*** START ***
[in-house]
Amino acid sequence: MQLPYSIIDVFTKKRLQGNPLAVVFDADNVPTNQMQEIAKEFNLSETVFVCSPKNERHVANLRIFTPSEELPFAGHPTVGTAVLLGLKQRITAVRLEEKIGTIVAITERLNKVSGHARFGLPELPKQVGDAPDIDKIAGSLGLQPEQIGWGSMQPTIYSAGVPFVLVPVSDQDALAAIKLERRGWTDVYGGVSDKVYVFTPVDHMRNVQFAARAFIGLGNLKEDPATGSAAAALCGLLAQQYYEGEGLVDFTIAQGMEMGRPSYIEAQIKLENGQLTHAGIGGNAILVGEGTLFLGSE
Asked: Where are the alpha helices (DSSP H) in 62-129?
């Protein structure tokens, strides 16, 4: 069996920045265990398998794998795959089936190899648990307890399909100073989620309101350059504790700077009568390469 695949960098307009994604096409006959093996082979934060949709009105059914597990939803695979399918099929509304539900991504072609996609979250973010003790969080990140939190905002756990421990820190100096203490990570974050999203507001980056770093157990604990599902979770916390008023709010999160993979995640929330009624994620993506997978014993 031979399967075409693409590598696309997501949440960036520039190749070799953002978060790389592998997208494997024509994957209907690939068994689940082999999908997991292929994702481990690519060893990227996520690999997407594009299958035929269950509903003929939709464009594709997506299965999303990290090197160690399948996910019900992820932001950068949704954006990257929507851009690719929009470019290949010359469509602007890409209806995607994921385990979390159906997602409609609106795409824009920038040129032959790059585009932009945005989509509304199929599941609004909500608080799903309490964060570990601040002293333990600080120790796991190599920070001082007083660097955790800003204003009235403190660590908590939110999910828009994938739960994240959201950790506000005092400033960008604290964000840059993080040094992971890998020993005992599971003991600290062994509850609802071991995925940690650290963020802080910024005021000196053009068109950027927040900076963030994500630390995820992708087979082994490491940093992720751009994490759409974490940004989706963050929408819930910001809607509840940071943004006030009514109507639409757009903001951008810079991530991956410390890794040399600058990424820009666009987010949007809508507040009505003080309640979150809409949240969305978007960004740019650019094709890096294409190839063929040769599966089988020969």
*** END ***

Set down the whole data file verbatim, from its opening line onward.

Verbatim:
[in-house]
Amino acid sequence: MQLPYSIIDVFTKKRLQGNPLAVVFDADNVPTNQMQEIAKEFNLSETVFVCSPKNERHVANLRIFTPSEELPFAGHPTVGTAVLLGLKQRITAVRLEEKIGTIVAITERLNKVSGHARFGLPELPKQVGDAPDIDKIAGSLGLQPEQIGWGSMQPTIYSAGVPFVLVPVSDQDALAAIKLERRGWTDVYGGVSDKVYVFTPVDHMRNVQFAARAFIGLGNLKEDPATGSAAAALCGLLAQQYYEGEGLVDFTIAQGMEMGRPSYIEAQIKLENGQLTHAGIGGNAILVGEGTLFLGSE
Asked: Where are the alpha helices (DSSP H) in 62-129?
């Protein structure tokens, strides 16, 4: 069996920045265990398998794998795959089936190899648990307890399909100073989620309101350059504790700077009568390469 695949960098307009994604096409006959093996082979934060949709009105059914597990939803695979399918099929509304539900991504072609996609979250973010003790969080990140939190905002756990421990820190100096203490990570974050999203507001980056770093157990604990599902979770916390008023709010999160993979995640929330009624994620993506997978014993 031979399967075409693409590598696309997501949440960036520039190749070799953002978060790389592998997208494997024509994957209907690939068994689940082999999908997991292929994702481990690519060893990227996520690999997407594009299958035929269950509903003929939709464009594709997506299965999303990290090197160690399948996910019900992820932001950068949704954006990257929507851009690719929009470019290949010359469509602007890409209806995607994921385990979390159906997602409609609106795409824009920038040129032959790059585009932009945005989509509304199929599941609004909500608080799903309490964060570990601040002293333990600080120790796991190599920070001082007083660097955790800003204003009235403190660590908590939110999910828009994938739960994240959201950790506000005092400033960008604290964000840059993080040094992971890998020993005992599971003991600290062994509850609802071991995925940690650290963020802080910024005021000196053009068109950027927040900076963030994500630390995820992708087979082994490491940093992720751009994490759409974490940004989706963050929408819930910001809607509840940071943004006030009514109507639409757009903001951008810079991530991956410390890794040399600058990424820009666009987010949007809508507040009505003080309640979150809409949240969305978007960004740019650019094709890096294409190839063929040769599966089988020969």